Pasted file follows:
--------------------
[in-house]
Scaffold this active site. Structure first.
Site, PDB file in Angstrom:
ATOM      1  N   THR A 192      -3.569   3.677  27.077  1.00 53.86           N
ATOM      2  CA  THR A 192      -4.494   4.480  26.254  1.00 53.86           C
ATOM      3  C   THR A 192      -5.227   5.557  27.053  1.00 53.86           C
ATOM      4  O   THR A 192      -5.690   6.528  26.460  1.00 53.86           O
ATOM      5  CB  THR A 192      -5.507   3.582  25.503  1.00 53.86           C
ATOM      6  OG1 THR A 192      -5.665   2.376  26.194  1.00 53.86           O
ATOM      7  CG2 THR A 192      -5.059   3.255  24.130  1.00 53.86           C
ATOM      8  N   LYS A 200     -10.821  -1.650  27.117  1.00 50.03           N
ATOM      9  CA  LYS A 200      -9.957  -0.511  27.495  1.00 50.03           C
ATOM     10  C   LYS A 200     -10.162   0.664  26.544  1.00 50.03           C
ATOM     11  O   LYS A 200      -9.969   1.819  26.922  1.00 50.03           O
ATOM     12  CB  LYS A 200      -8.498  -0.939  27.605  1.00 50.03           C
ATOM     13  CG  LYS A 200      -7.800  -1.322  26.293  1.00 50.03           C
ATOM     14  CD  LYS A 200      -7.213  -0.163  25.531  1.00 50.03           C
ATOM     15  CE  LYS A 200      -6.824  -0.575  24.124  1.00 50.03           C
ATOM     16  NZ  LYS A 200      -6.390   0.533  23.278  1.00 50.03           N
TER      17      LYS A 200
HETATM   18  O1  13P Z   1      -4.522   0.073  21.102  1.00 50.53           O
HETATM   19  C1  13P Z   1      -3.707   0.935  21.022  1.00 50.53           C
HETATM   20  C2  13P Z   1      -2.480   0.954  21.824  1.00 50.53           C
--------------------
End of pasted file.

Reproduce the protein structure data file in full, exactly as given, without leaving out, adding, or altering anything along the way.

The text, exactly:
[in-house]
Scaffold this active site. Structure first.
Site, PDB file in Angstrom:
ATOM      1  N   THR A 192      -3.569   3.677  27.077  1.00 53.86           N
ATOM      2  CA  THR A 192      -4.494   4.480  26.254  1.00 53.86           C
ATOM      3  C   THR A 192      -5.227   5.557  27.053  1.00 53.86           C
ATOM      4  O   THR A 192      -5.690   6.528  26.460  1.00 53.86           O
ATOM      5  CB  THR A 192      -5.507   3.582  25.503  1.00 53.86           C
ATOM      6  OG1 THR A 192      -5.665   2.376  26.194  1.00 53.86           O
ATOM      7  CG2 THR A 192      -5.059   3.255  24.130  1.00 53.86           C
ATOM      8  N   LYS A 200     -10.821  -1.650  27.117  1.00 50.03           N
ATOM      9  CA  LYS A 200      -9.957  -0.511  27.495  1.00 50.03           C
ATOM     10  C   LYS A 200     -10.162   0.664  26.544  1.00 50.03           C
ATOM     11  O   LYS A 200      -9.969   1.819  26.922  1.00 50.03           O
ATOM     12  CB  LYS A 200      -8.498  -0.939  27.605  1.00 50.03           C
ATOM     13  CG  LYS A 200      -7.800  -1.322  26.293  1.00 50.03           C
ATOM     14  CD  LYS A 200      -7.213  -0.163  25.531  1.00 50.03           C
ATOM     15  CE  LYS A 200      -6.824  -0.575  24.124  1.00 50.03           C
ATOM     16  NZ  LYS A 200      -6.390   0.533  23.278  1.00 50.03           N
TER      17      LYS A 200
HETATM   18  O1  13P Z   1      -4.522   0.073  21.102  1.00 50.53           O
HETATM   19  C1  13P Z   1      -3.707   0.935  21.022  1.00 50.53           C
HETATM   20  C2  13P Z   1      -2.480   0.954  21.824  1.00 50.53           C